The History of Science
Read by Peter Whitfield
This is the foundation of all: that we are not to imagine or suppose, but to discover what nature does, or may be made to do. Thus did Francis Bacon, early in the 17th century, outline the future of science and technology. This drive for knowledge and power has now given us a world dominated by science, and this audiobook tells the story of how we have arrived there. The achievements of the great scientific thinkers of the ages – Copernicus, Newton, Lavoisier, Darwin, Pasteur, Einstein, Freud, Hubble and many more – are explained and woven together into an exciting story of intellectual discovery, but a story in which a sense of the mystery of the universe is always present.
Running Time: 5 h 8 m
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ISBN: 978-962-634-993-9 Digital ISBN: 978-962-954-970-1 Cat. no.: NA499312 CD RRP: $28.98 USD Download size: 75 MB BISAC: SCI034000
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If, broadly speaking, science can be summed up as the intellectual quest for knowledge, it’s hard to put a precise date on humanity’s first scientific achievement – though we may deduce from the remains left in paleolithic burial chambers that people were speculating about the mysteries of life and death tens of thousands of years ago. For practical purposes, apart from brief references to Stonehenge and the 20,000-year-old cave paintings of southern Europe, Whitfield’s four-part history starts with the invention of writing (Mesopotamian cuneiform and Egyptian hieroglyphics) a mere 5,000 years ago. ‘It is no accident that the pyramids, the greatest physical symbols of ancient civilisation, belong to the age of the discovery of mathematics and writing.’
This is Whitfield’s fourth and easily his most ambitious audio history. He took a leisurely eight hours to stroll through English poetry and sprinted through the French revolution and Darwin for Naxos’s single-CD ‘In a Nutshell’ series, but the story of western science at 1,000 years per hour is a tall order. It doesn’t quite work out like that, of course. It’s bottom-heavy, parts three and four covering respectively the 19th-century machine age and a spectacular list of 20th-century scientific and technological milestones – quantum physics, the big bang, DNA, genetic engineering and the internet account for half the book. Impressed as I am by E=mc2, as a non-scientist I can relate more to the physics taught by Empedocles of Sicily circa 450BC. All matter, he reckoned, was composed of the four elements, earth, air, fire and water, which, mingled in varying proportions, produced all the substances of the universe and were in turn governed by the two greatest forces, love and strife.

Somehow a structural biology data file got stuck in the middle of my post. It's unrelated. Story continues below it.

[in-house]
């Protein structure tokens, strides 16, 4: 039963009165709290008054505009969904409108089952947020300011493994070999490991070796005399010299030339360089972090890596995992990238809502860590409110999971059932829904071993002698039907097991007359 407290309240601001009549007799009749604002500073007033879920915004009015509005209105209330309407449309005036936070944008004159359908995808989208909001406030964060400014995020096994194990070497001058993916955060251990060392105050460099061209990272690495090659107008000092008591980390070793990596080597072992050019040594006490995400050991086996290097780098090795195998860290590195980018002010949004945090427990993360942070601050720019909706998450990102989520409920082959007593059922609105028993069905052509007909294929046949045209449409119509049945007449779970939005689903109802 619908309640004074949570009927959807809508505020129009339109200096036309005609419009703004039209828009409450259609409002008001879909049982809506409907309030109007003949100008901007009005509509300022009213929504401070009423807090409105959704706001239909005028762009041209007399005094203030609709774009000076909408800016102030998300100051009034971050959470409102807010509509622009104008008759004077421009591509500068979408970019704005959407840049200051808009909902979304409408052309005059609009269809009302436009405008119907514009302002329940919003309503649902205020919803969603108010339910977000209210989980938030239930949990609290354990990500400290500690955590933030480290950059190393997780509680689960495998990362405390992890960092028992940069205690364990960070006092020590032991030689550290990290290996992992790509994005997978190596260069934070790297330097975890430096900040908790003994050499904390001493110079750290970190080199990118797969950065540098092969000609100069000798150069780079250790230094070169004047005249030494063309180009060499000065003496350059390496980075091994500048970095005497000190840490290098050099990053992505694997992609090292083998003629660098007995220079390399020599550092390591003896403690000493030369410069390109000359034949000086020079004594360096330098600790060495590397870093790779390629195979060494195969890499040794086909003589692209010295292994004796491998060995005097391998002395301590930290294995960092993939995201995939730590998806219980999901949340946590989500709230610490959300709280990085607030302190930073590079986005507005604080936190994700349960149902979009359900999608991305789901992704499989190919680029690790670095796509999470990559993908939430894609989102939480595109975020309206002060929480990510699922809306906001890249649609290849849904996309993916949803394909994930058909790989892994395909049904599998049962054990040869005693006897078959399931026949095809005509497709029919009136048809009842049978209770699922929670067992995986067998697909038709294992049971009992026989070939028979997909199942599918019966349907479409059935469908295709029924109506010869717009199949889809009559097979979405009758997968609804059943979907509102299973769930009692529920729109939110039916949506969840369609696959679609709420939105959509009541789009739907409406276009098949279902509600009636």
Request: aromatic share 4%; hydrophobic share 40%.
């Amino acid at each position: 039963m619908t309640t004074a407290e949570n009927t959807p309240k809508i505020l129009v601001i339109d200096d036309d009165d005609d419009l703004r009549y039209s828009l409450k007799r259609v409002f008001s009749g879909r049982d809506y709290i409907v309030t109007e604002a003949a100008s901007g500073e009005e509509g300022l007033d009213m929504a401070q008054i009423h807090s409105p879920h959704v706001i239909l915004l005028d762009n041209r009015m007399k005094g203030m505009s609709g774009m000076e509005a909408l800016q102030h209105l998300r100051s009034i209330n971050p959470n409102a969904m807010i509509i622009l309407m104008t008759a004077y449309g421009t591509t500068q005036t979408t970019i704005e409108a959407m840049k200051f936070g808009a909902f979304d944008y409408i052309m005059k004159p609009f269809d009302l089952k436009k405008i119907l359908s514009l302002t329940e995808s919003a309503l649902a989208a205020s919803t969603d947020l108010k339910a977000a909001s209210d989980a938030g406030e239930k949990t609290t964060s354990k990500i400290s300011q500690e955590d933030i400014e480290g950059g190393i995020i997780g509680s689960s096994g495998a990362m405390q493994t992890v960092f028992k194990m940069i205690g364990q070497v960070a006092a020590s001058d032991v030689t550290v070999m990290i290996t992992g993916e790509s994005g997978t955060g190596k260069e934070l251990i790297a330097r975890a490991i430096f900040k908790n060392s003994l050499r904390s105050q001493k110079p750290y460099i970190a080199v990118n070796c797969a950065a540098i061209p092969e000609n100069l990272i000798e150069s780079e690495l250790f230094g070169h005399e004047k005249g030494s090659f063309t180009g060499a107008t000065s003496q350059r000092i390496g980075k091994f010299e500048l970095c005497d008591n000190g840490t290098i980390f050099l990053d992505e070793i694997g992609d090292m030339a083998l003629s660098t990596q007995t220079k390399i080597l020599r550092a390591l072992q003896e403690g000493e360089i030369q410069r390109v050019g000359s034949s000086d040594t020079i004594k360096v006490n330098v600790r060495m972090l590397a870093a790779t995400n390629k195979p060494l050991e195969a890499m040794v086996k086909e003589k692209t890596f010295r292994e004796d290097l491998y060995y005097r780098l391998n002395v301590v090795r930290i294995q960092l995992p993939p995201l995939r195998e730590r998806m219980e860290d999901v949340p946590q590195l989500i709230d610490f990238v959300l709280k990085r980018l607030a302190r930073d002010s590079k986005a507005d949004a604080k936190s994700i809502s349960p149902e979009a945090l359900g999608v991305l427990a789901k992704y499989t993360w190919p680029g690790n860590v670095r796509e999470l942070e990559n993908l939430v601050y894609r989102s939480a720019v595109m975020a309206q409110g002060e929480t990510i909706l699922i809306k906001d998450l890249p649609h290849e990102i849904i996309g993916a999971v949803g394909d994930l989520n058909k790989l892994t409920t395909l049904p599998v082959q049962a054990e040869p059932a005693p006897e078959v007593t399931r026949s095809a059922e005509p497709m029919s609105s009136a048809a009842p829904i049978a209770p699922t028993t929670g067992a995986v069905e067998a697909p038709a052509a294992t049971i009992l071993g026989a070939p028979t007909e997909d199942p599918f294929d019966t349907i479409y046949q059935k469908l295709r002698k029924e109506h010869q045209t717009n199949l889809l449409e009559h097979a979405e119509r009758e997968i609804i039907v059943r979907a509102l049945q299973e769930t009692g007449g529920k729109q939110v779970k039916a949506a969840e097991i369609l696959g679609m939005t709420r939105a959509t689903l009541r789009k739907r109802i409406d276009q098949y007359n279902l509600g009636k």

Listening to this made me ruefully aware of my ignorance. I had no idea that the Venerable Bede fixed the dating of Easter or that having to calculate the exact direction of Mecca and when to pray ensured that Islam had the best mathematicians and astronomers, or that the first steam engines of the industrial revolution required the output of an entire iron foundry to make and a coal mine to run. Who said boffins were boring?
Sue Arnold, The Guardian
Author, poet, and historian Whitfield, whose Darwin – In a Nutshell is also available from Naxos AudioBooks, presents a succinct yet comprehensive overview of major achievements in science across the globe, from ancient times to the present day. Throughout, he contextualizes developments in areas including mathematics, medicine, physics, biology, and chemistry, exploring the extent of their present and future impact on society. The author himself reads, and though his British cadence and pacing can occasionally sound awkward, listeners will greatly enjoy being taken on this intellectual journey. Recommended as a primer for students and enthusiasts of science and science history.
J. Sara Paulk, Library Journal
Peter Whitfield looks at the evolution of scientific knowledge, starting with an introduction to Sir Isaac Newton’s ‘natural philosophy’ and continuing with ancient astronomy and cave paintings, genomes and psychoanalysis. He covers a lot of ground briefly and quickly. …his lively interest in ‘the intellectual quest to study our world’ can be heard in his voice. His measured British tones, coupled with the formality of his writing, lend authority to the historical account. While this is an overview of the basics, Whitfield’s material is thorough and well researched, making it a good introduction to scientific thought as it has changed through the ages.
We in the western world in the 21st century are children of science: our lives are dominated by the products of science and by the powers that they place in our hands. We are still biological creatures, but unlike any other species we have stepped out of the environment of nature, and into a new environment of our own making – one created by science and technology. All the primitive physical threats to life – hunger, cold, disease, darkness, distance – have been beaten back, leaving us free to redesign our social lives in ways that would have seemed inconceivable two centuries ago. The visible signs of this mastery are the machines with which we have harnessed the forces of nature, and which have now become for us indispensable tools for living. But these machines are only symbols of something much deeper – of our understanding of the laws of nature, an understanding which has been gained slowly and painfully over thousands of years. Science has been one of the great intellectual quests of human history, but unlike the philosophical quest or the religious quest, it has had consequences that are intensely practical, indeed it has reshaped our lives. This narrative explores the history of science, from the civilisations of Greece and Mesopotamia to the present day. It presents that history as an intellectual quest, but it shows also how man’s attempts to understand nature have led on to his desire first to master, and then transcend it.